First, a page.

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  • Print publication year: 2008
  • Online publication date: June 2009

Introduction

Summary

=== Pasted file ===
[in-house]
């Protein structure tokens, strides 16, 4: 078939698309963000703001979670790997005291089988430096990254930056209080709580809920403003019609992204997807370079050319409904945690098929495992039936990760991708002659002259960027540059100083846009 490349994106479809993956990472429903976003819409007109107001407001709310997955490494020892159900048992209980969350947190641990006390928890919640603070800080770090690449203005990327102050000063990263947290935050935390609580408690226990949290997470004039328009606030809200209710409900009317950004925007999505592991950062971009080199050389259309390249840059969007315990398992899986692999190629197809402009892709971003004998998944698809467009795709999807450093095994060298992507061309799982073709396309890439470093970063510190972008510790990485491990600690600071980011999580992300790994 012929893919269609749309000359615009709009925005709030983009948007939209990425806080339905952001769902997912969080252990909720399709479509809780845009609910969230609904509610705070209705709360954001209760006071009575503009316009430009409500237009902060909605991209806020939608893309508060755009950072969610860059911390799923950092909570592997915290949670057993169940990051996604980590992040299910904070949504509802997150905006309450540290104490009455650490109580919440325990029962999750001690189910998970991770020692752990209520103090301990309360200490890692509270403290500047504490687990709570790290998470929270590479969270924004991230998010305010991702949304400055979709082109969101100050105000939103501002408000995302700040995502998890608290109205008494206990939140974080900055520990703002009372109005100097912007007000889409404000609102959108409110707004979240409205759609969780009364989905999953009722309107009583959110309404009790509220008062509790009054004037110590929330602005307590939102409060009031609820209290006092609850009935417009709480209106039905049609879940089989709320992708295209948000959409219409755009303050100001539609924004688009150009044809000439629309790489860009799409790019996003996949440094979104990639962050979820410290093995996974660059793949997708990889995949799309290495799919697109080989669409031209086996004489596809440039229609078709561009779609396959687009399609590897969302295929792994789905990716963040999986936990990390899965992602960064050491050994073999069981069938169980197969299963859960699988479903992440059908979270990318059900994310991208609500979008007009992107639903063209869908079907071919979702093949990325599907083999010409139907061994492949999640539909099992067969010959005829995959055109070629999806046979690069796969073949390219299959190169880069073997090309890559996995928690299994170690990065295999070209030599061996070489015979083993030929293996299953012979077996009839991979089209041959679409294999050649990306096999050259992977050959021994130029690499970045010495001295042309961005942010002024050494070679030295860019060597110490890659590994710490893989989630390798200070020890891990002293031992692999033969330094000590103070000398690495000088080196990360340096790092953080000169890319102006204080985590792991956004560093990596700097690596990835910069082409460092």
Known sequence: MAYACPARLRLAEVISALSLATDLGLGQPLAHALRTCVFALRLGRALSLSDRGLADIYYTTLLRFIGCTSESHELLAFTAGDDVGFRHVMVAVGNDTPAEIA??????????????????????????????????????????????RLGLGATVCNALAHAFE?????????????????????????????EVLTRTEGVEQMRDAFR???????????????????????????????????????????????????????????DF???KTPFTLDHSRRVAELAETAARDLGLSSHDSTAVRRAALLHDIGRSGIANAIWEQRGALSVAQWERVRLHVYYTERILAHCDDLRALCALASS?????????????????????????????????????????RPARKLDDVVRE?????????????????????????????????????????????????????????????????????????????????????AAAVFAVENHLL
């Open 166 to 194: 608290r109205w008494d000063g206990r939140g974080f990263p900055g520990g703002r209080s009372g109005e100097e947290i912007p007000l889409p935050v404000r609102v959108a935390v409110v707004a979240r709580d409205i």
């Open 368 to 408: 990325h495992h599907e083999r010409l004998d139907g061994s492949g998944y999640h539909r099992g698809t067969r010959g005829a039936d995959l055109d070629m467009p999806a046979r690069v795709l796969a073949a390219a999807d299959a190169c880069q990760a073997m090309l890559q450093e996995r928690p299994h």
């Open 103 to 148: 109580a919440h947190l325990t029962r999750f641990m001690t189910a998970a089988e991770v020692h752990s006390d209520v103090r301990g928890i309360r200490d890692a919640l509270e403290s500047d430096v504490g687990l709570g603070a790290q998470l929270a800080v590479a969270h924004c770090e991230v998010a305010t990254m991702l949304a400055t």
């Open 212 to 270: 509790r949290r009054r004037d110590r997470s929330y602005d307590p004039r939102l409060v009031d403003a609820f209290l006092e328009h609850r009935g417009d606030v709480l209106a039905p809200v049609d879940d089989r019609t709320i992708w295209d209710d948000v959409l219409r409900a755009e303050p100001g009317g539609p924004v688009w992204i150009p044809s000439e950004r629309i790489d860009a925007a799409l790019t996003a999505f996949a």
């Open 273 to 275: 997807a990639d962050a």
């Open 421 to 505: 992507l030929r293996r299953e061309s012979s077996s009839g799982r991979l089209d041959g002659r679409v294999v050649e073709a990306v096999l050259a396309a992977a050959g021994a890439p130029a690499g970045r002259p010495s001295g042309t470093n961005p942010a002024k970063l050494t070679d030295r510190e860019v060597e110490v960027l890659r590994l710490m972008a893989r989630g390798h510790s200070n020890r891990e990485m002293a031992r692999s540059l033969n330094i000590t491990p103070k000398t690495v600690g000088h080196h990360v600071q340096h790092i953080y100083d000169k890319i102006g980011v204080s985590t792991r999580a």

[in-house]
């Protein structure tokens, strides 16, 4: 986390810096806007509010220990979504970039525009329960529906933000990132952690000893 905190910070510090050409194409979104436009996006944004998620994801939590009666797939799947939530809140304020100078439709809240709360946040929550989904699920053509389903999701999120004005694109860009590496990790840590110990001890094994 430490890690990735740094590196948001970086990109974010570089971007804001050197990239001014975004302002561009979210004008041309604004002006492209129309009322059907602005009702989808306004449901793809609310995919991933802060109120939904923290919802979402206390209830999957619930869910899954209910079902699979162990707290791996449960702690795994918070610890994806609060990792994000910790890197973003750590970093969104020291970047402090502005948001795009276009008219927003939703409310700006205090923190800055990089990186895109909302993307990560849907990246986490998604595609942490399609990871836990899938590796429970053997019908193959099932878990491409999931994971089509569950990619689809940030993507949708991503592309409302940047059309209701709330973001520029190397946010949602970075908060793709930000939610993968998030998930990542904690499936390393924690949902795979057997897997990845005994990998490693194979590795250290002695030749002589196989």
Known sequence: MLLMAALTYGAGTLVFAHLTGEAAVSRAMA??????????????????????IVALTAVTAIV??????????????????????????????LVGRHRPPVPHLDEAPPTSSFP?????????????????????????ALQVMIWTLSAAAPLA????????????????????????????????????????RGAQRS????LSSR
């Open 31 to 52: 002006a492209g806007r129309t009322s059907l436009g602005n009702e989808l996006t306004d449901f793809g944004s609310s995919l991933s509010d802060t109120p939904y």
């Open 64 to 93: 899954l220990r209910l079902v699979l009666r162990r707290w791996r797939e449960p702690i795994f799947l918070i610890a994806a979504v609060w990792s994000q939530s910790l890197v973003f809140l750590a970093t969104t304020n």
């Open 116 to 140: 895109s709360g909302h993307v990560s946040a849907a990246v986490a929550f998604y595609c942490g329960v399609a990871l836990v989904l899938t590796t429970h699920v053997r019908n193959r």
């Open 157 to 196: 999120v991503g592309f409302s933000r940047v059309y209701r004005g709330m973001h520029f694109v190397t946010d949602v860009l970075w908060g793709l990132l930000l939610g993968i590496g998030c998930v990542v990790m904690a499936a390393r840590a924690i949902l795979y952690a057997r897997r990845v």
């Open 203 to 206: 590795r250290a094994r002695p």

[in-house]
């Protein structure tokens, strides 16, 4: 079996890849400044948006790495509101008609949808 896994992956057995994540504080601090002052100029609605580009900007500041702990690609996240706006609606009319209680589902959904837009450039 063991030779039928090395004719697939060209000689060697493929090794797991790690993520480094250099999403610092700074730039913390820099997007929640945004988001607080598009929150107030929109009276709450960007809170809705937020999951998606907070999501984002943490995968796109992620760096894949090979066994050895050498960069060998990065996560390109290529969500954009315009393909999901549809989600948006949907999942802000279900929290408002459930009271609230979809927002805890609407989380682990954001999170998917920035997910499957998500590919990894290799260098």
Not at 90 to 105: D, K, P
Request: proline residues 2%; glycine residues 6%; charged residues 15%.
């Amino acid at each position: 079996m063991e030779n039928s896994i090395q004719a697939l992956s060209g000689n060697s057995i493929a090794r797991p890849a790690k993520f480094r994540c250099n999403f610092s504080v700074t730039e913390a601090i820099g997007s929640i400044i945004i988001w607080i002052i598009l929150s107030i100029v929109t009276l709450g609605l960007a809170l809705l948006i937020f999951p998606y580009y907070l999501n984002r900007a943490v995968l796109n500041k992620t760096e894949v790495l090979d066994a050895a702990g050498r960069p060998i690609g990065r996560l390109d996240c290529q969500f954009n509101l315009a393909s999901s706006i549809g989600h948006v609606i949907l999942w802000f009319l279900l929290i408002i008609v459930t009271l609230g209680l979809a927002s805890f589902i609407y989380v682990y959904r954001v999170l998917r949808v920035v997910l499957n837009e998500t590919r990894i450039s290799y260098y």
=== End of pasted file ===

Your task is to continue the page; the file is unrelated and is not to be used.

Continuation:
In December 2005, the European Commission published a Green Paper on Damages Actions for Breach of the EC Competition Rules. This document has provoked a discussion on the role of private actions which goes far beyond competition law. Many take the view that Europe should avoid the traps into which US law has stepped by admitting excessive litigation due to a system of class actions, punitive damages, pre-trial discovery and contingency fees. European law should not pave the way for judicial proceedings which ultimately do not serve the interests of the injured parties but rather those of their lawyers, consultants or other agents. According to the methodology of the Common Core of European Private Law project, this inquiry gives a description of the state of remedies in competition law in fifteen European countries and analyses the underlying determinants. On this basis, proposals are developed showing how the enforcement of competition law could be improved. The flaws can be fixed without running the risk of abusive litigation. To this end, it has been instructive to include two fields of law which are normally treated separately, i.e. unfair competition law and antitrust law. Although the two branches share common goals, their enforcement has taken completely different paths. Whereas in many reporting countries unfair competition law is endowed with effective private law (and in some countries also with public law) remedies, the implementation of antitrust law is in practice almost completely entrusted to administrative enforcement.